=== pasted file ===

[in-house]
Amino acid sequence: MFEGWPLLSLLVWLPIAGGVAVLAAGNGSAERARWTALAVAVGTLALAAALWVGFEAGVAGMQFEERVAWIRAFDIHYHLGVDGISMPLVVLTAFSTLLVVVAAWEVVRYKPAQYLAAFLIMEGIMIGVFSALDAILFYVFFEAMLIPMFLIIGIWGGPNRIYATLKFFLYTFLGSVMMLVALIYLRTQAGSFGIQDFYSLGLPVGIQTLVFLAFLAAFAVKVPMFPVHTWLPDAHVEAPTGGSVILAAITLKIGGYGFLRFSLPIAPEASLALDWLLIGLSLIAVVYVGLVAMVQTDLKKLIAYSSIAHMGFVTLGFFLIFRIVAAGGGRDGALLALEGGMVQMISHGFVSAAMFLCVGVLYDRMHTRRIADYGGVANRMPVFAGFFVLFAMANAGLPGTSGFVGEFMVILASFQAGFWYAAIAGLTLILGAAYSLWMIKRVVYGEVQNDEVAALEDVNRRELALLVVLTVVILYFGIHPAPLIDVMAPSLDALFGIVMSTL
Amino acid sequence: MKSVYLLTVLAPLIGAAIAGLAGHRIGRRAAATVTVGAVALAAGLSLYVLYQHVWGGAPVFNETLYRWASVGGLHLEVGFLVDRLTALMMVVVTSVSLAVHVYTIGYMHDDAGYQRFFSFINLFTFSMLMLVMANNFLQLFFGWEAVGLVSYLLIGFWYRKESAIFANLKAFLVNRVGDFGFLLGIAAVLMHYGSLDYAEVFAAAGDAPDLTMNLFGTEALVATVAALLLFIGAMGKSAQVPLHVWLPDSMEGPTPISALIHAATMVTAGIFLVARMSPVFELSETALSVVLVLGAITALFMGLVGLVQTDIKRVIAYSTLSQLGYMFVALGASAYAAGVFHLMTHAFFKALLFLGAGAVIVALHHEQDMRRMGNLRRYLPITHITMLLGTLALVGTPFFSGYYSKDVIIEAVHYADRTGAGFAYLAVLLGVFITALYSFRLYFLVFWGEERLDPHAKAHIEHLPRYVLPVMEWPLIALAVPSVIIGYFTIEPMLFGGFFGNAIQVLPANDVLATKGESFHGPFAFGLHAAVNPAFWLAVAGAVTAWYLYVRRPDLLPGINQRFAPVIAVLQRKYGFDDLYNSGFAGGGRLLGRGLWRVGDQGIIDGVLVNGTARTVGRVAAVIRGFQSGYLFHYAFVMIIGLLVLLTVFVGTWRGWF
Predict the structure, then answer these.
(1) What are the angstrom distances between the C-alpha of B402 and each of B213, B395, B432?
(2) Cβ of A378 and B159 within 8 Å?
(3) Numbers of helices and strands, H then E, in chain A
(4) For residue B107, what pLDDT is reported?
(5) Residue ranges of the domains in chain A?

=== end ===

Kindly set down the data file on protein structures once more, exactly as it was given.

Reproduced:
[in-house]
Amino acid sequence: MFEGWPLLSLLVWLPIAGGVAVLAAGNGSAERARWTALAVAVGTLALAAALWVGFEAGVAGMQFEERVAWIRAFDIHYHLGVDGISMPLVVLTAFSTLLVVVAAWEVVRYKPAQYLAAFLIMEGIMIGVFSALDAILFYVFFEAMLIPMFLIIGIWGGPNRIYATLKFFLYTFLGSVMMLVALIYLRTQAGSFGIQDFYSLGLPVGIQTLVFLAFLAAFAVKVPMFPVHTWLPDAHVEAPTGGSVILAAITLKIGGYGFLRFSLPIAPEASLALDWLLIGLSLIAVVYVGLVAMVQTDLKKLIAYSSIAHMGFVTLGFFLIFRIVAAGGGRDGALLALEGGMVQMISHGFVSAAMFLCVGVLYDRMHTRRIADYGGVANRMPVFAGFFVLFAMANAGLPGTSGFVGEFMVILASFQAGFWYAAIAGLTLILGAAYSLWMIKRVVYGEVQNDEVAALEDVNRRELALLVVLTVVILYFGIHPAPLIDVMAPSLDALFGIVMSTL
Amino acid sequence: MKSVYLLTVLAPLIGAAIAGLAGHRIGRRAAATVTVGAVALAAGLSLYVLYQHVWGGAPVFNETLYRWASVGGLHLEVGFLVDRLTALMMVVVTSVSLAVHVYTIGYMHDDAGYQRFFSFINLFTFSMLMLVMANNFLQLFFGWEAVGLVSYLLIGFWYRKESAIFANLKAFLVNRVGDFGFLLGIAAVLMHYGSLDYAEVFAAAGDAPDLTMNLFGTEALVATVAALLLFIGAMGKSAQVPLHVWLPDSMEGPTPISALIHAATMVTAGIFLVARMSPVFELSETALSVVLVLGAITALFMGLVGLVQTDIKRVIAYSTLSQLGYMFVALGASAYAAGVFHLMTHAFFKALLFLGAGAVIVALHHEQDMRRMGNLRRYLPITHITMLLGTLALVGTPFFSGYYSKDVIIEAVHYADRTGAGFAYLAVLLGVFITALYSFRLYFLVFWGEERLDPHAKAHIEHLPRYVLPVMEWPLIALAVPSVIIGYFTIEPMLFGGFFGNAIQVLPANDVLATKGESFHGPFAFGLHAAVNPAFWLAVAGAVTAWYLYVRRPDLLPGINQRFAPVIAVLQRKYGFDDLYNSGFAGGGRLLGRGLWRVGDQGIIDGVLVNGTARTVGRVAAVIRGFQSGYLFHYAFVMIIGLLVLLTVFVGTWRGWF
Predict the structure, then answer these.
(1) What are the angstrom distances between the C-alpha of B402 and each of B213, B395, B432?
(2) Cβ of A378 and B159 within 8 Å?
(3) Numbers of helices and strands, H then E, in chain A
(4) For residue B107, what pLDDT is reported?
(5) Residue ranges of the domains in chain A?